12. Under questioning, he accepted that he was looking down towards the top of Mr. Day’s head, that his right hand was free and that he had complete control of where he placed that hand. He also accepted that his hand was crooked, in the shape of a claw, and that he carried out a “grabbing/clasping action” with his right hand. He maintained that this was not done with the intention of putting any part of that hand into the eye, or even onto the face. He believed Mr. Day accepted that that was the case because there was no reaction from either Mr. Day or any of his teammates. It was not mentioned again by Mr. Day at any stage after the match.
13. Several hours after the game, he was informed of adverse post-match analysis relating to the incident, but had not been unduly concerned because it had been no more than a scuffle and had not subsequently been mentioned. He did however look at the footage when he got home and was concerned that it looked very different to how it had actually felt. The incident was shown only in slow motion and so contact appeared to have been for longer than the fraction of a second it had been in reality. On 4th April 2011, he attended a disciplinary meeting at which he received an official verbal warning and an internal suspension of six weeks. As Club Captain of Sale Sharks, who were still in a relegation battle, he had been required to explain to the squad that he would be taking no further part in the rest of the season. He had been left in no doubt as to the consequences for his employer of having a world class player unavailable for the rest of the season.
14. We were asked to consider, and did so, detailed written references, testimonials and letters of support from Martin Johnson, England Team Manager; Rob Andrew, Rugby Operations Director; Brian Kennedy, Sale Sharks; and Altrincham Kersal RFC. We also considered the Minutes of the disciplinary meeting of 4th April 2011.
15. Initially, we undertook an assessment of the seriousness of the Player’s contact with the eye/eye area (Regulation 188.8.131.52). We concluded as follows:
a) The offending was not committed intentionally or deliberately. We considered carefully the oral evidence given by the Player, which we tested under close questioning. We found the Player’s evidence clear, cogent and credible and that that evidence was corroborated by the following:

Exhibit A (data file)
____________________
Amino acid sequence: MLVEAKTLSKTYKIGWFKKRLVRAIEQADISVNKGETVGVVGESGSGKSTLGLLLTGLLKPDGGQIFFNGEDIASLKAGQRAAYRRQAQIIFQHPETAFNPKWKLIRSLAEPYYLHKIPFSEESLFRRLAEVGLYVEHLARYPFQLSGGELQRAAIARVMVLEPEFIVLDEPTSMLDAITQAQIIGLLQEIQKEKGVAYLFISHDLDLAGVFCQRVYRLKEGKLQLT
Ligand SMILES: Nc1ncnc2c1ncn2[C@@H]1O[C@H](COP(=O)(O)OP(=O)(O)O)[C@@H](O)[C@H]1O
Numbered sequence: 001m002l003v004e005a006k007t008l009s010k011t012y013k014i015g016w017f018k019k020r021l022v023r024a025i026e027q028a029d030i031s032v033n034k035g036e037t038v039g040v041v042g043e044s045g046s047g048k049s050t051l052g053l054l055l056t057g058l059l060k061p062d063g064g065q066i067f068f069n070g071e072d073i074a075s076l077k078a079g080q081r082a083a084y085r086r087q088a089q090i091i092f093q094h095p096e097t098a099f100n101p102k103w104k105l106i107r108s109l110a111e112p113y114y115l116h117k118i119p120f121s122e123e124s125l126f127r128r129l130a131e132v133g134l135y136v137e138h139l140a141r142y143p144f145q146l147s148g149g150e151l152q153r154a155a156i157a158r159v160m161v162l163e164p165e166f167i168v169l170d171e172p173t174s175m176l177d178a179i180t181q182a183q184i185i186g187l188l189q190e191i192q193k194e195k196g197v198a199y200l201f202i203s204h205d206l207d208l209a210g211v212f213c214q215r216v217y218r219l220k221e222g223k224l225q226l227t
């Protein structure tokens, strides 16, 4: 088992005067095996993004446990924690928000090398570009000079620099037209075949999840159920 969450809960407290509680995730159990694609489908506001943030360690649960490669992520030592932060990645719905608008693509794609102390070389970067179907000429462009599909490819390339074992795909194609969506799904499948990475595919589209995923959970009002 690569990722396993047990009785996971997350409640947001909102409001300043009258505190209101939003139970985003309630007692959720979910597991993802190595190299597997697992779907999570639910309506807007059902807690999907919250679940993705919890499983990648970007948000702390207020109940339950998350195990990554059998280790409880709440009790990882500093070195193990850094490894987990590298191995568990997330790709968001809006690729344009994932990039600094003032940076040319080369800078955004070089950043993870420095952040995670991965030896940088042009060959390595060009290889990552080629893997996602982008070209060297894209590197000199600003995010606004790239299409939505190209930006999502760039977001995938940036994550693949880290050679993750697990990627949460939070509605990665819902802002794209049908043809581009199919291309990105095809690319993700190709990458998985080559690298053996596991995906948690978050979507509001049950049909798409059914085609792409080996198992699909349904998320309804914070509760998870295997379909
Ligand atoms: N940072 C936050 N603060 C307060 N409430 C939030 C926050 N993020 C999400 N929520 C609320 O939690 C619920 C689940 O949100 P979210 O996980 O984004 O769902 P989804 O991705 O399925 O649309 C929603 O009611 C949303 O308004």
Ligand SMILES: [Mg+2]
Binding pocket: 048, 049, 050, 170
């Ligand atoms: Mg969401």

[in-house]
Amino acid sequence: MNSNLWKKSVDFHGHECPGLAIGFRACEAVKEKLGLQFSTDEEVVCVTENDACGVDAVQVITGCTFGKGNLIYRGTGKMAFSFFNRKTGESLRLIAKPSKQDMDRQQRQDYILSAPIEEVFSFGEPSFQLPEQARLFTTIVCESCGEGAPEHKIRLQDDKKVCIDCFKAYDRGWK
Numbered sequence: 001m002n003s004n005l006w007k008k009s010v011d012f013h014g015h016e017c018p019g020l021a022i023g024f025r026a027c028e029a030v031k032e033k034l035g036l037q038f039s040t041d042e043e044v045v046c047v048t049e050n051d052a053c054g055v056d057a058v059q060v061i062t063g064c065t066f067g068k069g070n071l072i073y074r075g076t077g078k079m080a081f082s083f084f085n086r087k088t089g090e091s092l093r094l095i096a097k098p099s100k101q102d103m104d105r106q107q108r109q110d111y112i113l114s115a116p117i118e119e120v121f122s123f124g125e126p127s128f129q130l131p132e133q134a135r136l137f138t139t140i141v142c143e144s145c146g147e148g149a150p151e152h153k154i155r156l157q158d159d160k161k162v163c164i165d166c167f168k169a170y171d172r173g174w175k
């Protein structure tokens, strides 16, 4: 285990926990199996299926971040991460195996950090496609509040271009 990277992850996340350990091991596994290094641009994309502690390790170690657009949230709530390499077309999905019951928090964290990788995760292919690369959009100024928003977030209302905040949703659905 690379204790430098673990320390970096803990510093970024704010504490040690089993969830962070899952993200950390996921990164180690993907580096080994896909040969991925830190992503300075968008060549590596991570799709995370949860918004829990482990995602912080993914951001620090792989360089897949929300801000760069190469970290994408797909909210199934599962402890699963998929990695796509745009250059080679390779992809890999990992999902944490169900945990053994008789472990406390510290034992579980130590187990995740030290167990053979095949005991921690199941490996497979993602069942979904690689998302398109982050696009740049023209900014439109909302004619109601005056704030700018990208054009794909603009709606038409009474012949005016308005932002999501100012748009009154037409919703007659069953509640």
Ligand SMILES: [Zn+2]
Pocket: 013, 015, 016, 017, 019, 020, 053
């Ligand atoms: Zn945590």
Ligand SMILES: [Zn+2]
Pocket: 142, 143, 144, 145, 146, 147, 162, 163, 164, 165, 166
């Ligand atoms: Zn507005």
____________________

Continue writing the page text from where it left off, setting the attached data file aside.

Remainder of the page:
(i) The witness evidence of Mr. Day, who confirmed there was no injury, harm, discontent or reaction on his part.
(ii) The absence of any adverse reaction – deliberate contact with the eye area or attempt to cause eye injury or discomfort is generally abhorred by players and almost always results in some adverse reaction.
(iii) The speed of the incident. Prior to the hearing, the incident had not been seen in real time. We did not believe the Citing Officer had seen it in anything other than slow motion and we concede that in slow motion (one-fifth speed) and in the still photographs, the incident looks, to use the words of Mr. Day, “damning”. It is not difficult to conclude from the position of the hand on Mr. Day’s eye area that significant pressure is applied by the thumb to the headguard, the little finger to the left cheek and the eye area by the three middle fingers which are crooked. It is a beguiling image which, taken in isolation, may tempt a Panel to conclude that what it depicts could only have been contact made deliberately. However, when the incident is seen in real time, the contact is so fleeting (less than one tenth of a second) as to be barely discernible to the naked eye and is in fact rather more consistent with, and supportive of, the Player’s description of the mechanics of contact and his intention. Having made the initial but fleeting contact, his right hand is seen to move behind Mr. Day’s head and as the two go to ground, the Player has achieved what he says he set out to do, i.e. made contact with both hands to the back of Mr. Day’s head and to continue to hold him in that manner.